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CSS, HTML, FIELDSET, LEGEND, and LABEL tags in FORM

Discussion in 'CSS' started by itgl72, May 3, 2005.

  1. #1
    I am trying to redesign one of my forms using CSS rather than tables. I am trying to utilize FIELDSET, LEGEND, and LABEL tags as well as CSS. My CSS skills are average at best and FIELDSET, LEGEND, and LABEL tags are somewhat new to me as well. The form I am redesigning looks great in tables but I'm starting it off now with very little style and just trying to get things to line up and put it together from the beginning using some best practices. Basically just getting it to work before we make it look pretty.

    If I can see how the *correct* way of putting this type of form together I will learn from it and be able to move on in the future making forms in this way. However things that seemed easy in tables are having me pull my hair out now.

    You can view source of this form here:
    http://snipurl.com/emvl

    Here are some of my QUESTIONS:

    1. Notice on top of some of my fields I have items that say "First Name", "Last Name", "Minimum", and "Maximum" above their respected fields. What I have done to put them SOMEWHERE near where they should be is put several nbsp instances to push them out to hang out above the fields. This is probably NOT the correct way to do this. WHAT IS THE CORRECT WAY TO DO THIS? How would you handle this situation? On some fields I just need to have that sort of extra info. In tables it was easy enough.

    2. While trying to utilize FIELDSET, LEGEND, and LABEL tags things seem easy enough when there is only ONE field. For example the "email" field has its label called email and the input tag has an id that equals email. MY QUESTION IS HOW DOES IT WORK IN AREAS WHERE THERE ARE TWO FIELDS? For example on the section where it lists "price" I have two drop down fields. One that will work as a minimum from, and another that would list to a maximum. ID's should only be used ONCE in one area. But WHAT IS THE PROPER WAY to do this with TWO FIELDS? Can someone please show me so I can figure this thing out in the future.
    SEMrush
    3. The RADIO buttons for the area "Show Pictures" have a YES and NO option. Well I totally mucked up the code here. I have not been able to get the format to look like so: (.)YES ()NO in that order. They seem to be pushed way off from where they should be. Plus in IE the fieldset is pushed off to the right of the screen but it looks ok in NS,FF, and OP. What is the proper way to do this? What did I screw up? Why is it pushed way off to the right in IE?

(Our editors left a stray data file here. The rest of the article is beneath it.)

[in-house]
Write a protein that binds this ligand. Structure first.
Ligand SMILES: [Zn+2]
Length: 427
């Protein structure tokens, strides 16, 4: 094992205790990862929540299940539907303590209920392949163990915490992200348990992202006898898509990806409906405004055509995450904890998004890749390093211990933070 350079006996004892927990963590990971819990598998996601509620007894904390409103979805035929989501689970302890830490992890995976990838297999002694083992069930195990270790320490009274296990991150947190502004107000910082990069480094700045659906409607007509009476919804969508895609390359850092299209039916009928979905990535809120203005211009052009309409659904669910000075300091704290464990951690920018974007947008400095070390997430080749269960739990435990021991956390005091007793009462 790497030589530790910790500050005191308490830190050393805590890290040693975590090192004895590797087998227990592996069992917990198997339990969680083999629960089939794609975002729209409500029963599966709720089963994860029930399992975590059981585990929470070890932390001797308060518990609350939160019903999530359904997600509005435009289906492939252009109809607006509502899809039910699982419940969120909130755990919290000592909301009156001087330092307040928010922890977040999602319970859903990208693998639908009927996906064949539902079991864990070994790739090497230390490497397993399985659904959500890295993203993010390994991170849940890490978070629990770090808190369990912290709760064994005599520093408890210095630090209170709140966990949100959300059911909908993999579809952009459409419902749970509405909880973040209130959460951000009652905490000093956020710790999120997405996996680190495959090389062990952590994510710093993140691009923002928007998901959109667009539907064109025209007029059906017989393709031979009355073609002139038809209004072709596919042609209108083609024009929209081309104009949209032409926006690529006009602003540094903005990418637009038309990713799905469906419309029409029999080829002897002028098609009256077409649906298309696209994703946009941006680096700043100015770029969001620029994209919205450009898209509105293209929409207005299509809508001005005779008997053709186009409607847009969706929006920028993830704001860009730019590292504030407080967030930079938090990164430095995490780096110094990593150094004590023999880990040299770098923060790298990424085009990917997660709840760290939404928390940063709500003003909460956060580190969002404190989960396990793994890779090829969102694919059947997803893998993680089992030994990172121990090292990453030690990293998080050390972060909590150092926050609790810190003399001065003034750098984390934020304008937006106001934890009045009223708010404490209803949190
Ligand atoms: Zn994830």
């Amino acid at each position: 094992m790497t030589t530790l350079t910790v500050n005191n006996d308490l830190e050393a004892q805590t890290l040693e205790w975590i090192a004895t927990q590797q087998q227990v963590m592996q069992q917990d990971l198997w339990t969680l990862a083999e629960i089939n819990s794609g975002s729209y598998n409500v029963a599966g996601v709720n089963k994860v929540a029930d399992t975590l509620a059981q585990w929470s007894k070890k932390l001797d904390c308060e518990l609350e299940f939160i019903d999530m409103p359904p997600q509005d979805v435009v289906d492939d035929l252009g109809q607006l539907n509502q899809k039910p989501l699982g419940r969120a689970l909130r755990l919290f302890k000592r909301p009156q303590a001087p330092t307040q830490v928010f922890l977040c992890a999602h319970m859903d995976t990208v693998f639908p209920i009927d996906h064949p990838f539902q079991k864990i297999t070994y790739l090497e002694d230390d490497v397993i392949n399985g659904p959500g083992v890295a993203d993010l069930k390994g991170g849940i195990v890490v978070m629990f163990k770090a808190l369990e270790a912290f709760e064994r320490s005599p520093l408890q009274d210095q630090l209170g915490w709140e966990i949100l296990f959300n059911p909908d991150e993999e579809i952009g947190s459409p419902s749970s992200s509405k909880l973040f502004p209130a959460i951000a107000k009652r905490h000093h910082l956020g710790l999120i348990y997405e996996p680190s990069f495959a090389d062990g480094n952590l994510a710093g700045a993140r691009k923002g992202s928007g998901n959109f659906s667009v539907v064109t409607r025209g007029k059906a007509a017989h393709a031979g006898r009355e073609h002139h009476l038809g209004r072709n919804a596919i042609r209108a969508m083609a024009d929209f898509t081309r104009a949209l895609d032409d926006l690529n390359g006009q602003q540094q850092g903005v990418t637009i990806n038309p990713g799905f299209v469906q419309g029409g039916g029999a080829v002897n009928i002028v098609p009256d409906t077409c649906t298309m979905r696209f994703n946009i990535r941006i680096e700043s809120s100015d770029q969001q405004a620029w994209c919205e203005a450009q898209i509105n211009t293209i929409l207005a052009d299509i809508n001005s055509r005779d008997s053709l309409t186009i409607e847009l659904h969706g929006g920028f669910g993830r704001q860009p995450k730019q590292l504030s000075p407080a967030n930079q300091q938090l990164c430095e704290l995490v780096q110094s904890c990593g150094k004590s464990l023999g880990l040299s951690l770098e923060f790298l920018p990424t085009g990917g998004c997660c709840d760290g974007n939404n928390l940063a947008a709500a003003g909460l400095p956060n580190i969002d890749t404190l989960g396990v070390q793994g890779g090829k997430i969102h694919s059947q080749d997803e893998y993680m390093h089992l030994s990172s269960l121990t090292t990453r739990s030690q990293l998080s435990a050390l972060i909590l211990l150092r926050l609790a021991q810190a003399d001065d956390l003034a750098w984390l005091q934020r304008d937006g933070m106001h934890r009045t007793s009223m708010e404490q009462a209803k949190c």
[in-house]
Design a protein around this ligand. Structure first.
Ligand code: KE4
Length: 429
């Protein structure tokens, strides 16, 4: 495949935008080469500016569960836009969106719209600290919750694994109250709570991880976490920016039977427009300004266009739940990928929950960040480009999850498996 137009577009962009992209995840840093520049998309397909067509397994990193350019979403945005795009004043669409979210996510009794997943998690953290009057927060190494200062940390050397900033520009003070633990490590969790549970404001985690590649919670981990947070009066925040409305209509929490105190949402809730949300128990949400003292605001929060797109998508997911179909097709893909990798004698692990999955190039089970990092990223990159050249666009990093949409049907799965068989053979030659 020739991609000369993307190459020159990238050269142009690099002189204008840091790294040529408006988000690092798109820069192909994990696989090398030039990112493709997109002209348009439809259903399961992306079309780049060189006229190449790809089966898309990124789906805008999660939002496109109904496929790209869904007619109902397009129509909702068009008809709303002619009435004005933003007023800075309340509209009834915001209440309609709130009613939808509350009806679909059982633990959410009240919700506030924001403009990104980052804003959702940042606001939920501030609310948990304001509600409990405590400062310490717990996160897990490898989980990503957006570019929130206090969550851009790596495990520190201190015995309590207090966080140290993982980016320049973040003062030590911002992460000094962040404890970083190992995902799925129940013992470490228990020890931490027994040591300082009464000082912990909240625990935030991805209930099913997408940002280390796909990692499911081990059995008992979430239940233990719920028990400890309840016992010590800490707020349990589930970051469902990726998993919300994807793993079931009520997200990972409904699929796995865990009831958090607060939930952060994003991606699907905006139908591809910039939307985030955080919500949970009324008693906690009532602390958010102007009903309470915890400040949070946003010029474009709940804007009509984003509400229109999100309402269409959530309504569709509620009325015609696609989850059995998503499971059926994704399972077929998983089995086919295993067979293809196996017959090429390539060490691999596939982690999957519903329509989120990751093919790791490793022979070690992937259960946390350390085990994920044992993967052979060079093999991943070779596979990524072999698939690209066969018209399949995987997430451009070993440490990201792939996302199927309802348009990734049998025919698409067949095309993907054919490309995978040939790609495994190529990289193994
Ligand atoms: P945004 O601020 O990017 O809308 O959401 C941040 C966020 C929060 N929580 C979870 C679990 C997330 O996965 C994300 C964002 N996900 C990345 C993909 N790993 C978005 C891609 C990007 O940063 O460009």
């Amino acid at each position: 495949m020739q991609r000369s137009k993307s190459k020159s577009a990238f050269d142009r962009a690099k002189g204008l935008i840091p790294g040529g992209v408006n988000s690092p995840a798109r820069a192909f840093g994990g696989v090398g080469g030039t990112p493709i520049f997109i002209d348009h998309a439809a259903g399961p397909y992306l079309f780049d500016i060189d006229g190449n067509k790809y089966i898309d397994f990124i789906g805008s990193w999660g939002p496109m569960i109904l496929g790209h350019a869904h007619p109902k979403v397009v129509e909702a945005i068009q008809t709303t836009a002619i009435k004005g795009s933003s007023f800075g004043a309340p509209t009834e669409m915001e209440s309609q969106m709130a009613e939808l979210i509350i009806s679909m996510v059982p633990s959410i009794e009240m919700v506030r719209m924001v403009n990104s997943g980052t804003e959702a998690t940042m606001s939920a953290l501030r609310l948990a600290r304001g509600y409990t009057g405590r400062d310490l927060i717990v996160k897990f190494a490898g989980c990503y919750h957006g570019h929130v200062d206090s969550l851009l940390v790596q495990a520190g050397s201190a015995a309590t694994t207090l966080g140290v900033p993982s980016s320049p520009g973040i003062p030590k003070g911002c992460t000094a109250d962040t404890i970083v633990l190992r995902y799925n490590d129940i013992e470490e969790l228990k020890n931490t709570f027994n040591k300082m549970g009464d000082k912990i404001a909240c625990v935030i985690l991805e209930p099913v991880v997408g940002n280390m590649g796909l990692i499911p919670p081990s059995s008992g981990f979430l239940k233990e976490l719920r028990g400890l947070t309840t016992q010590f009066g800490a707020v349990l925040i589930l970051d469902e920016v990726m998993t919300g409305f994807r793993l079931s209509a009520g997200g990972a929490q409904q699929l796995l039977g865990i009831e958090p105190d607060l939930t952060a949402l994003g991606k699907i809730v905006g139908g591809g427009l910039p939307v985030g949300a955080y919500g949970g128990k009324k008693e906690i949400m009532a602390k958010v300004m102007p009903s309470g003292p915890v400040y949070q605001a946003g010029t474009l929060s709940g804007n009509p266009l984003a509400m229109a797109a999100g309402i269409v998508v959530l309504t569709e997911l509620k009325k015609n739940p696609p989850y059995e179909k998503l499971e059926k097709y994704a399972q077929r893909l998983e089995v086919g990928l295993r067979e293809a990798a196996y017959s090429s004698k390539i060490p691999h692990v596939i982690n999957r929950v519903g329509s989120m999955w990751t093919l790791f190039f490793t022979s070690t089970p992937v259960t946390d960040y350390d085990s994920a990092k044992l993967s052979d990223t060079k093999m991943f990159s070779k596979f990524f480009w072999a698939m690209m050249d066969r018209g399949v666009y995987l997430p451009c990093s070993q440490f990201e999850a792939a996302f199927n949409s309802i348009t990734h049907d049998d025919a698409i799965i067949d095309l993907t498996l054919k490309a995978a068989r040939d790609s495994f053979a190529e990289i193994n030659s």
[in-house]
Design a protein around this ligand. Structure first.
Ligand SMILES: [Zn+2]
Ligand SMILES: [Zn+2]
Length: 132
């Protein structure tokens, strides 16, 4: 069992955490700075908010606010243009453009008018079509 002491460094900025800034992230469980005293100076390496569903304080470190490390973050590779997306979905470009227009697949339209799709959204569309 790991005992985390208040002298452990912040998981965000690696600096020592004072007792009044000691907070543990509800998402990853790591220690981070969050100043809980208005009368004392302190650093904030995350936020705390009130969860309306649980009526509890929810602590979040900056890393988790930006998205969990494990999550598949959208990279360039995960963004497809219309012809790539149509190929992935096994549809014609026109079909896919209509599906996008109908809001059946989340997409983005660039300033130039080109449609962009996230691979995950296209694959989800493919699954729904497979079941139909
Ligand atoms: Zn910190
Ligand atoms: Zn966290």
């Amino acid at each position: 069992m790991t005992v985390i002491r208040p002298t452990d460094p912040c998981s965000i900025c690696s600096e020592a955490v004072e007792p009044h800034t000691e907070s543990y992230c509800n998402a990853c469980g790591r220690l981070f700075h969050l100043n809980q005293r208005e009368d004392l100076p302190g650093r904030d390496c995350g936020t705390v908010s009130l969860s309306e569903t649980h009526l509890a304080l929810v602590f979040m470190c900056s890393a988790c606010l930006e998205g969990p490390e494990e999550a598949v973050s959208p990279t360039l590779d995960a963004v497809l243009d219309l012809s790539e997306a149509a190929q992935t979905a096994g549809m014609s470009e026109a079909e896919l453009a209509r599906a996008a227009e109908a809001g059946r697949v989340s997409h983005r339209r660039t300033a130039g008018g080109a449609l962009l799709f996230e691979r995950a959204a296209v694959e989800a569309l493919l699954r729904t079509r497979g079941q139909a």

4. When putting together fields in this way where there are two fields (ie: price field, bedroom, bathroom, first name, last name fields) What is the proper way to space them out? Right now they ride up against each other. I can just put a nbsps but is that the right way?

    If I can get *these* questions answered and resolved I think I will be pointed in a good direction. Before I actually have to start styling it that is.

    By the way, if anyone knows of any issues as to why I should not go this route please let me know. Personally I will just update my existing form even though it is tables and run with it as it works fine but learning something new is always OK in my book too.

    My goal is to have this form working correctly and understand what was done to make it work correctly. I want to have the FIELDSET, LEGEND, and LABEL tags configured correctly for the fields I have a need to use on this form.

    Hopefully we can make this happen, and thanks in advance for your assistance!
     
    itgl72, May 3, 2005 IP
    SEMrush
  2. nsetzer

    nsetzer Peon

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    #2
    This is a bit late, but maybe it will help.

    I'll start by answering the second question: there is, unfortunately, no way to associate one label with two input elements, at least with HTML 4.01. Well, technically, that isn't true, you can do it implicitly:

    <p>
    <label>
    Full Name:
    <input name="fname-badex" type="text" class="fname" id="firstname-badex">
    <input name="lname-badex" type="text" class="lname" >
    </label>